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25087: (news) Chamberlain: S.Africa's ANC seeks Aristide return to Haiti (fwd)
From: Greg Chamberlain <GregChamberlain@compuserve.com>
By Manoah Esipisu
JOHANNESBURG, May 13 (Reuters) - South Africa's ruling ANC party
intensified its campaign on Friday for the return to Haiti of ousted
President Jean-Bertrand Aristide as part of a drive to restore order and
end bloodshed in the Caribbean country.
Aristide was forced to leave Haiti 14 months ago in the face of an
armed rebellion and pressure from Washington and Paris, and now lives in
exile in South Africa.
He says his expulsion amounted to a coup and failed to bring peace to
his country of 8 million people, the poorest country in the Americas.
"The constitutional order must be restored, which should include the
creation of conditions for the return of all exiles, including President
Aristide, and the organisation of free, peaceful and fair democratic
elections," the African National Congress (ANC) said in its weekly
In a scathing commentary on events in Haiti, the ANC urged the United
Nations to work with regional groups like the Caribbean Community (Caricom)
to end what it said was the persecution of members of Aristide's Lavalas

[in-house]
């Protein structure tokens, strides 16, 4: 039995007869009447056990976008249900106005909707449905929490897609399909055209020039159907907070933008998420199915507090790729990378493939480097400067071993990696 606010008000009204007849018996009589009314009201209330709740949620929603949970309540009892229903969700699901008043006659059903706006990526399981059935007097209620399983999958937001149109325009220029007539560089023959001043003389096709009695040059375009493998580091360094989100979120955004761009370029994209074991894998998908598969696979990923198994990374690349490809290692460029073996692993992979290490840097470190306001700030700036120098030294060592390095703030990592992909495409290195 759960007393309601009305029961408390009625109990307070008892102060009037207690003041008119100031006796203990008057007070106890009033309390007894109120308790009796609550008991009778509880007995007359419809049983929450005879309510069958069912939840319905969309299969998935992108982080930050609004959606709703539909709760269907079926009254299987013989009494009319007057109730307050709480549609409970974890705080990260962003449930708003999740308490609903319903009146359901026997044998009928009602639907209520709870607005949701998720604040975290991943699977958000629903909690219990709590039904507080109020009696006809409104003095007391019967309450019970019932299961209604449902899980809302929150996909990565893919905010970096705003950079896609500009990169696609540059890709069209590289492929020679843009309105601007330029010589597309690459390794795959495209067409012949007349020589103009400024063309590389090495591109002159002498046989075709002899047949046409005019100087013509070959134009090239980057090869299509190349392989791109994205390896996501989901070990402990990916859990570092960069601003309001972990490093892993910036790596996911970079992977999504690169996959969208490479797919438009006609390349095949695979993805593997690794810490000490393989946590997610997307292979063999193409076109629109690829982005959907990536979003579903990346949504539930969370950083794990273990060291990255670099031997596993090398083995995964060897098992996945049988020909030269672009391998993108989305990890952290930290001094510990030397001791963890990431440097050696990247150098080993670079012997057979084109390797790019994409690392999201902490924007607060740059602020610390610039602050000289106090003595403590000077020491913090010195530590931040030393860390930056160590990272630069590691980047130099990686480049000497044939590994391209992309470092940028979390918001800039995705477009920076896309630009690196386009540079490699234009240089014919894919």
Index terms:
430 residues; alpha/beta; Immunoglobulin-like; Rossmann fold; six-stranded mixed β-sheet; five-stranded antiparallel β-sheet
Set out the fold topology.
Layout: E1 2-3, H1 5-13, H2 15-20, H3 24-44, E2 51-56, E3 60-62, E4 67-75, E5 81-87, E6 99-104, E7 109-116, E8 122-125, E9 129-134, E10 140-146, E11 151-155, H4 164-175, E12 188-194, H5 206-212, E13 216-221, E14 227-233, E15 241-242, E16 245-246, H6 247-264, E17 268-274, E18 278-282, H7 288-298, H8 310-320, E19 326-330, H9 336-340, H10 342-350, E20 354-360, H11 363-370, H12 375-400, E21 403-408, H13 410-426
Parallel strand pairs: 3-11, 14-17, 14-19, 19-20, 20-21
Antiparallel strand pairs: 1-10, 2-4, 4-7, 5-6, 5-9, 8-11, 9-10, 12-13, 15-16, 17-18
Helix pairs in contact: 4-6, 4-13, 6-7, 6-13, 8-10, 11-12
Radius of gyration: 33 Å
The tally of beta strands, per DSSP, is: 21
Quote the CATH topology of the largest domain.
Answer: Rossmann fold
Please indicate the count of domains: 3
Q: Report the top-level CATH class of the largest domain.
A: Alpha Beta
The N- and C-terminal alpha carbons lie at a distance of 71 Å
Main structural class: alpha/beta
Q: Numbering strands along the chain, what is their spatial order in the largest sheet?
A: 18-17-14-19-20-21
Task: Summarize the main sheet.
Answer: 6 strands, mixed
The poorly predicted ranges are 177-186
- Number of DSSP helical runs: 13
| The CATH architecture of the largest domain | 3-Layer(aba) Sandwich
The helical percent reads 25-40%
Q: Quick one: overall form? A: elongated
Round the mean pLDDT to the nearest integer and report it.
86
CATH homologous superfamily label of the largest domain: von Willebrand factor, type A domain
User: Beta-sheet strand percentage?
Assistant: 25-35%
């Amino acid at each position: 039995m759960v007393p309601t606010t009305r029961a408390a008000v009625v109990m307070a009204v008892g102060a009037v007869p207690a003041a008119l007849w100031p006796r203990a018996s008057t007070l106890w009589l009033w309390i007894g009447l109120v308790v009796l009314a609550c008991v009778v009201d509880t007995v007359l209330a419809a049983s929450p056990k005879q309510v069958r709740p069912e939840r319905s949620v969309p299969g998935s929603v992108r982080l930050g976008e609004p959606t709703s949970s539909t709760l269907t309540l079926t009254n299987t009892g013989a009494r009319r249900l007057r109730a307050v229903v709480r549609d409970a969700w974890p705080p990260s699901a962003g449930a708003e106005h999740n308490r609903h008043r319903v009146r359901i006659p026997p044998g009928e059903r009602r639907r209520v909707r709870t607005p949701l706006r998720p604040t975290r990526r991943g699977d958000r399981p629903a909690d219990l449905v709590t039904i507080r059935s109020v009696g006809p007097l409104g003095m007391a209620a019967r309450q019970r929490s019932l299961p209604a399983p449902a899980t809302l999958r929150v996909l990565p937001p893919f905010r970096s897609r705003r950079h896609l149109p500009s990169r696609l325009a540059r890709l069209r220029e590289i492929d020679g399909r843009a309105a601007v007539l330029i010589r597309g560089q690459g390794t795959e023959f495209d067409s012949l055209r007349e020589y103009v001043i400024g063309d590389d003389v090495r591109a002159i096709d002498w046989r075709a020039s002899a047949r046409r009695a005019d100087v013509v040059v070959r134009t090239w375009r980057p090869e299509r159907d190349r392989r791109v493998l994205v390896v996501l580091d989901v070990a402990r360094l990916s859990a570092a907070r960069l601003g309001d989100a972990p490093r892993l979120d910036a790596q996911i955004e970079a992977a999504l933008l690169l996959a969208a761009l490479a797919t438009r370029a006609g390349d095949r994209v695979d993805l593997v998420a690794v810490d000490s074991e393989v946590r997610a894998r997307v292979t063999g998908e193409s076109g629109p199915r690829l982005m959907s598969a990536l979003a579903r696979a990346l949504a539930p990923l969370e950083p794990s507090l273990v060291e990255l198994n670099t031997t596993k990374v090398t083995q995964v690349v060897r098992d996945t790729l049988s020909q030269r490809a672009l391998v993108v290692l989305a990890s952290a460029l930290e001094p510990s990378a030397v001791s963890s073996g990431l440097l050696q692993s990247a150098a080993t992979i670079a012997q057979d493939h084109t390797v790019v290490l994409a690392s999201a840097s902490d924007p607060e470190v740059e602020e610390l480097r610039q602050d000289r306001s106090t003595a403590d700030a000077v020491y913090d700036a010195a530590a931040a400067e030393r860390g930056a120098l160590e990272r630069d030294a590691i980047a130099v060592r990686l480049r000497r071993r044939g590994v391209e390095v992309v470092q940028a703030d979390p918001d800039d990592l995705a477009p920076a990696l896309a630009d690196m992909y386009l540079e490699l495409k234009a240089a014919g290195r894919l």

party, illegal arrests and summary executions.
"Urgent steps need to be taken to end the brutalisation of Haiti's
population and open the way for a meaningful national dialogue towards the
restoration of the country's constitutional order," the ANC said.
"Yet this cannot happen while the remnants of Haiti's military past
are allowed by the international community to continue with their programme
to silence the voices of the Haitian people," it said of the Haiti
The ANC demanded that former Prime Minister Yvon Neptune be released
or charged and said he had been on a hunger strike since last month.
Neptune has been in detention without trial since last June although
Haiti's laws require a court hearing within 48 hours of an arrest, it said.
U.N. Security Council envoys made a four-day visit to Haiti last month
at a time of violence in the streets of the capital Port-au-Prince. The
ambassadors expressed concern about the deep divisions among Haiti's
numerous political parties ahead of elections planned for November.
Aristide, at a rare news conference last month, demanded his
restoration as Haiti's leader and a national dialogue to pave the way for
free and fair elections. He accused the United States, France and others he
blames for his ouster of instigating bloodshed in Haiti and of pursuing a
Three days ago Haiti's supreme court overturned convictions of
military leaders for a 1994 massacre of slum residents in Gonaives,
reversing what human rights groups considered a victory for Haiti's
foundering justice system.
The "Raboteau" trial centred on a dawn attack by gunmen on a
pro-Aristide slum on April 22, 1994, at a time when Aristide supporters
were routinely jailed or killed.